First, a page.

About Michael Thompson

I'm a chemistry student at the university of Kentucky and plan on becoming a doctor. I enjoy UK basketball games, not cold weather, and taking out the trash.
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6 Responses to Prospectus: A Whole New World

  1. S.Donoho says:

    I think this is a wonderful topic. I’m writing on a similar one and I think it will be interesting to compare/contrast the two papers. It’s amazing the number of resources that are available out there. Until I started looking around for information, I never knew that America’s history had been so parallel to the book of Exodus.

  2. cmweid2 says:

    This is a great topic and it seems like you know what you’re talking about. I’m sure you may have already thought about this but have you considered taking a look at the documents (Declaration of Independence, Articles of Confederation, and eventually the Constitution)? I feel that there could be very valuable information in each of these documents. The Declaration could be useful to find information regarding why they are declaring there freedom and other causes from Britain.

    I also think the Articles of Confederation and the Constitution could help to see how we as a nation developed, much like we know of the Israelites trying to re-establish themselves as a free people. Maybe this is something to consider incorporating into your paper?

  3. Da'Keisha Jett says:

    This is a great topic. It seems like you know exactly what it is you want to discuss and what you want your readers to take from it. It will be interesting to read how you connect American history to Exodus.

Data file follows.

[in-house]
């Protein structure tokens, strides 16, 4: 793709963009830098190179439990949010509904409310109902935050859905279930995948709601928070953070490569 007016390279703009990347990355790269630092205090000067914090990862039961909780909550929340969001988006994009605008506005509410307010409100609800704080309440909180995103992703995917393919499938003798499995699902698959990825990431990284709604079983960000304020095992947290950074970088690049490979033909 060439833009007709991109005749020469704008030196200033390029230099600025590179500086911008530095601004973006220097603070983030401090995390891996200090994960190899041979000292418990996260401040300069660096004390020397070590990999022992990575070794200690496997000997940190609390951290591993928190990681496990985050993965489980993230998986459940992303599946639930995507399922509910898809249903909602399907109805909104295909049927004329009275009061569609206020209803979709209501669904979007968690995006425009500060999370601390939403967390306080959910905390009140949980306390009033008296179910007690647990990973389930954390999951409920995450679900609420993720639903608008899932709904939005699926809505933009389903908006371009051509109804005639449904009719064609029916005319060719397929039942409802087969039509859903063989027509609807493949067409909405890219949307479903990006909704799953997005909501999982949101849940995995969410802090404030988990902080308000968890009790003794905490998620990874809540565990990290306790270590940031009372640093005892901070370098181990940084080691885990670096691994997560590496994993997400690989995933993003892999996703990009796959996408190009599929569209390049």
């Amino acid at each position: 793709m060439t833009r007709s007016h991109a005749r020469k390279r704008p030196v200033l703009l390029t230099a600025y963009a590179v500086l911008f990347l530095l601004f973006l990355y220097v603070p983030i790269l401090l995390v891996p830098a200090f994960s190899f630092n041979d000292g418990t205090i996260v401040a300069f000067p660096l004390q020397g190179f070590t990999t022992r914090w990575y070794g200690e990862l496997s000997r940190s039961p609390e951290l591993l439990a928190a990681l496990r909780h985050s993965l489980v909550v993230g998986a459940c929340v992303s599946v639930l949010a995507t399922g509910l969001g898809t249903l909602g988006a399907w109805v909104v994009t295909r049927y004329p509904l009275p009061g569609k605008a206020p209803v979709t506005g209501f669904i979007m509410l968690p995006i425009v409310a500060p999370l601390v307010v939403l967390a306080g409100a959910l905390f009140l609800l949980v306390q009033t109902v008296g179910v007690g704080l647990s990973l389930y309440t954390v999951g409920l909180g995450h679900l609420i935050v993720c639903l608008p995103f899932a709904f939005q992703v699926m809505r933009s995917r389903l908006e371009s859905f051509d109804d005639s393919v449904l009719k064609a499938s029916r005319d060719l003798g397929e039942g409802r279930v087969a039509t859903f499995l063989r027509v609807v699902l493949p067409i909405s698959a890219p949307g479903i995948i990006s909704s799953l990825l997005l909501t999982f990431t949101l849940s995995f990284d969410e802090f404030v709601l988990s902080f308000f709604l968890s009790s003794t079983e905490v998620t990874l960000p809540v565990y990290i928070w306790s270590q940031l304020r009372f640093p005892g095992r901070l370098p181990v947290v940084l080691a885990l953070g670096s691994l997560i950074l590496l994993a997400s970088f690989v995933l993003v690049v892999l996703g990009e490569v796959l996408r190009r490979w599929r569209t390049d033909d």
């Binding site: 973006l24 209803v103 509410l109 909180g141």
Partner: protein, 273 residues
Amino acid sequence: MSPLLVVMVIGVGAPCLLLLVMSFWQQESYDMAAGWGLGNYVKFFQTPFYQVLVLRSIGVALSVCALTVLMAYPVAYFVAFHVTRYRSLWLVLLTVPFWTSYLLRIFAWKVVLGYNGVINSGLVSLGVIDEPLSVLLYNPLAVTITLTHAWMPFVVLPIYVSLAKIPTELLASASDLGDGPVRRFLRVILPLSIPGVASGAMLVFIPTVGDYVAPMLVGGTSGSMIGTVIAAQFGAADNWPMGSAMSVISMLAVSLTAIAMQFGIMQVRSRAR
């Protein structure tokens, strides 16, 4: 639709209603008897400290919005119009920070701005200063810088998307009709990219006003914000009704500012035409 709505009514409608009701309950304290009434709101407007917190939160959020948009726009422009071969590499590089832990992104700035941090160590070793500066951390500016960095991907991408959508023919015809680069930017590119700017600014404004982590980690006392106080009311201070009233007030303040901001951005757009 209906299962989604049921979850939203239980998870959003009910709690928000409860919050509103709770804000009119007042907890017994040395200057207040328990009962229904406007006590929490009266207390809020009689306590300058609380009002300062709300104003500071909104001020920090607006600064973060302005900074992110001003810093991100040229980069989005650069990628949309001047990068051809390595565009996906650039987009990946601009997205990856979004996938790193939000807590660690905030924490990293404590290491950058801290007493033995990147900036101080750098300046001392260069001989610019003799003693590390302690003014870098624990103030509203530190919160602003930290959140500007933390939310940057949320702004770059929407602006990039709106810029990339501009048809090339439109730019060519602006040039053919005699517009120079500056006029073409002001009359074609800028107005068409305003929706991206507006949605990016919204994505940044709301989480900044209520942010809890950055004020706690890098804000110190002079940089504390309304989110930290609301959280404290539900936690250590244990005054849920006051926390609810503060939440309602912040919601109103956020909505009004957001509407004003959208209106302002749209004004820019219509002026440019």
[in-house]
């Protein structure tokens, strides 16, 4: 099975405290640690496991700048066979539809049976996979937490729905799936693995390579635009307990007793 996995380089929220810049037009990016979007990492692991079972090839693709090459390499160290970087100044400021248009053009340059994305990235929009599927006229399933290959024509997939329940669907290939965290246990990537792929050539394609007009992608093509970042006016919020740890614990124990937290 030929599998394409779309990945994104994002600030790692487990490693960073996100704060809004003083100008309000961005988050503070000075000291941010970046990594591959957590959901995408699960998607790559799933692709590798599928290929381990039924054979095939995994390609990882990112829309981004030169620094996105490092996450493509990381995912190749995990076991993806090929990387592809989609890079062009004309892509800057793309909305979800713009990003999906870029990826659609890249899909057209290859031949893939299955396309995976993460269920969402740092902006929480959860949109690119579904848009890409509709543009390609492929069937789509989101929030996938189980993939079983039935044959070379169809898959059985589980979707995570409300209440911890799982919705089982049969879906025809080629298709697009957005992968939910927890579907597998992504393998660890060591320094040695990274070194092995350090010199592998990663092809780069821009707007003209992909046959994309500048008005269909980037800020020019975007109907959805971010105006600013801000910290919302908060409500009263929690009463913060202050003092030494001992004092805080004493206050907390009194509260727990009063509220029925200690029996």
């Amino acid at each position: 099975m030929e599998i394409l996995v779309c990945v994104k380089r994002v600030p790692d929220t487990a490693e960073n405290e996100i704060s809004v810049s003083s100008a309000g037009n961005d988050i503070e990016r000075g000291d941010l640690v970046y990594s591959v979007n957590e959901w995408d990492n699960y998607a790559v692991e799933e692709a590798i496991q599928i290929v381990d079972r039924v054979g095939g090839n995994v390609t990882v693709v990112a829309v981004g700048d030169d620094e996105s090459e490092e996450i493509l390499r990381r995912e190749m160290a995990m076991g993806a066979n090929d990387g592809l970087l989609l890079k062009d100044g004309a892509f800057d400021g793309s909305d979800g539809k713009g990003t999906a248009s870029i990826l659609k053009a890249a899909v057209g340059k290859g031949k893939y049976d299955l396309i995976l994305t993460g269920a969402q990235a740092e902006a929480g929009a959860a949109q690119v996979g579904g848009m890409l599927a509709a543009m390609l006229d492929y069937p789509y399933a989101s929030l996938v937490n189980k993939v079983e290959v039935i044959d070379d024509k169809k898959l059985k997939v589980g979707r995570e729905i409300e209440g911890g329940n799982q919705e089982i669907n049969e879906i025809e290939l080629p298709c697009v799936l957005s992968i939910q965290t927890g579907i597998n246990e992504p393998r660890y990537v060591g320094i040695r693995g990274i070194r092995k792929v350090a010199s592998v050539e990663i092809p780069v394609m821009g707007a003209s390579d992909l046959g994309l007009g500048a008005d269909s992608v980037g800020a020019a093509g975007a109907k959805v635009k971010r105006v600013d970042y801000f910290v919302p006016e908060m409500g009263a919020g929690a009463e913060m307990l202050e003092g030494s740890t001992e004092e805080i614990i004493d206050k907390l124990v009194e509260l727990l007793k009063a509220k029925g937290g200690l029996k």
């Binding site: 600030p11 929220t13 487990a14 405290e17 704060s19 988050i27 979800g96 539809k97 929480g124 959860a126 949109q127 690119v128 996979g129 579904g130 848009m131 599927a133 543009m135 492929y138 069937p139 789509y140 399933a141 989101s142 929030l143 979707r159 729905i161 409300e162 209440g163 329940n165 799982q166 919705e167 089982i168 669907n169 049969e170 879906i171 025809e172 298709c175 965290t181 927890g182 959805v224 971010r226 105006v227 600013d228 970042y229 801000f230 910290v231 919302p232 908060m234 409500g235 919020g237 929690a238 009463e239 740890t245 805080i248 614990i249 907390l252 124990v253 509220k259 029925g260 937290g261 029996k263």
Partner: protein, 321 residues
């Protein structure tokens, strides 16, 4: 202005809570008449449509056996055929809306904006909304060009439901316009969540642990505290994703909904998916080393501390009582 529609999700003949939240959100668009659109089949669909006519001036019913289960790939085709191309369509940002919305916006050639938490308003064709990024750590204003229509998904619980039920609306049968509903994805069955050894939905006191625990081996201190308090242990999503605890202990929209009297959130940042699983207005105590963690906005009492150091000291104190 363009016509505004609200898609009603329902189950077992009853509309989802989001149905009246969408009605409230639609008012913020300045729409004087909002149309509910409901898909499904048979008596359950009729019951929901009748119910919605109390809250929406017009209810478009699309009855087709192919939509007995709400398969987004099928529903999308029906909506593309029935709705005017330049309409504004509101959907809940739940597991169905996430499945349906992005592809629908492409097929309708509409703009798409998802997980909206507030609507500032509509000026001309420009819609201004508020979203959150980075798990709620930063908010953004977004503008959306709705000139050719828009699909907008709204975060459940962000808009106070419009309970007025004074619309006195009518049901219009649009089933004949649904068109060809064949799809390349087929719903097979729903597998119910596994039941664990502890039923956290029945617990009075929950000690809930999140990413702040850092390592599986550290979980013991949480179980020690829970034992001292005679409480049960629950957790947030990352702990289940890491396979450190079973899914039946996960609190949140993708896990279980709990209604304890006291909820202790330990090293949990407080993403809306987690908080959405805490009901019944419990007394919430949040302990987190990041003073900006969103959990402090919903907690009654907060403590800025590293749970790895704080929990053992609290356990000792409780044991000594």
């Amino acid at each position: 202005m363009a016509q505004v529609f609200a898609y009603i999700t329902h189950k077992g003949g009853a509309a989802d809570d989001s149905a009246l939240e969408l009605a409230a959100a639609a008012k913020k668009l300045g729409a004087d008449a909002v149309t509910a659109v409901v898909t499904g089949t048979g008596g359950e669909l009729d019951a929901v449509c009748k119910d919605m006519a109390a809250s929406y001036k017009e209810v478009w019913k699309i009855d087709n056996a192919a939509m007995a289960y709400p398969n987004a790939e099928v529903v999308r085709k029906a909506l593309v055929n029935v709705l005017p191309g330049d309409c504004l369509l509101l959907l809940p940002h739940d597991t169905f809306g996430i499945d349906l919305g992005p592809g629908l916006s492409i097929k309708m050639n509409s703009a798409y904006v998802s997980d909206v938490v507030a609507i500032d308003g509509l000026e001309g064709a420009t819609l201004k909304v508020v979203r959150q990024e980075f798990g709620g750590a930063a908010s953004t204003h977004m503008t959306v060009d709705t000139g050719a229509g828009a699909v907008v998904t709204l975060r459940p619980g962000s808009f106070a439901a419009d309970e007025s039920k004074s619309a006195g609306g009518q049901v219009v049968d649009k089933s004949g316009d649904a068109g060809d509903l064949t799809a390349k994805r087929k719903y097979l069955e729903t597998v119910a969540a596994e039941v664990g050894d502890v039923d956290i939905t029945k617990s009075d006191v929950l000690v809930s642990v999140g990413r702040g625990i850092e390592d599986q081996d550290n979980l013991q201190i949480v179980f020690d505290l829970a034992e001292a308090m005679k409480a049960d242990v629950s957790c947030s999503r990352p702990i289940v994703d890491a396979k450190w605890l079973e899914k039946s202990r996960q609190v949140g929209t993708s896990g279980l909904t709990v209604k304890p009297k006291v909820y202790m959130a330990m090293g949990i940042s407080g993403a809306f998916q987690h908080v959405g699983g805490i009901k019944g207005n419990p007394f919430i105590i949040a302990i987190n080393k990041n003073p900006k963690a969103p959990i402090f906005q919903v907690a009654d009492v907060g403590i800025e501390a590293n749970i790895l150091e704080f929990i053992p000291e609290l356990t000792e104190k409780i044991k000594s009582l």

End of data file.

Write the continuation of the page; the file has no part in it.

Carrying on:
4. Kristina Strine says:

    This sounds like a great topic. I can tell that you have taken a lot of time to think about what you want to discuss in your paper. I like your idea of doing a “journey through time”, it’s creative and I think it will help you relate all these events to one another. Also, I’m interested in seeing more research on your comparisons you talked about in your prompt and how they will all connect to exodus.

  5. 00mattthomas00 says:

    First and foremost, I am a fan of this blog prospectus. You pulled me in with the aladdin photo and you won me with the Shawshank quote (by far the greatest film in history).
    I do think that this will be an interesting paper. You have a nearly infinite amount of material in history that relates to Exodus type stories. Also, regardless of the time frame or context, these scenarios of an underdog defeating a greater evil force seems to evoke a special sort of excitement out of readers. To add to your list of movie quotes, the people of the Exodus had to “get busy living or get busy dying”. -Andy Dufresne

  6. kevinrooney says:

    I feel like a lot of people will be interested in this. It’s always interesting to learn American history. I wonder if the forefathers were at all aware of the parallels between Exodus and what they were doing/had done? I’m interested to see where this goes. I’d also like to see an in depth look at supposed connections between the laws of the Israelites and thing like Declaration of Independence, Articles of Confederation, and the Constitution, though I understand this isn’t the main goal of your paper.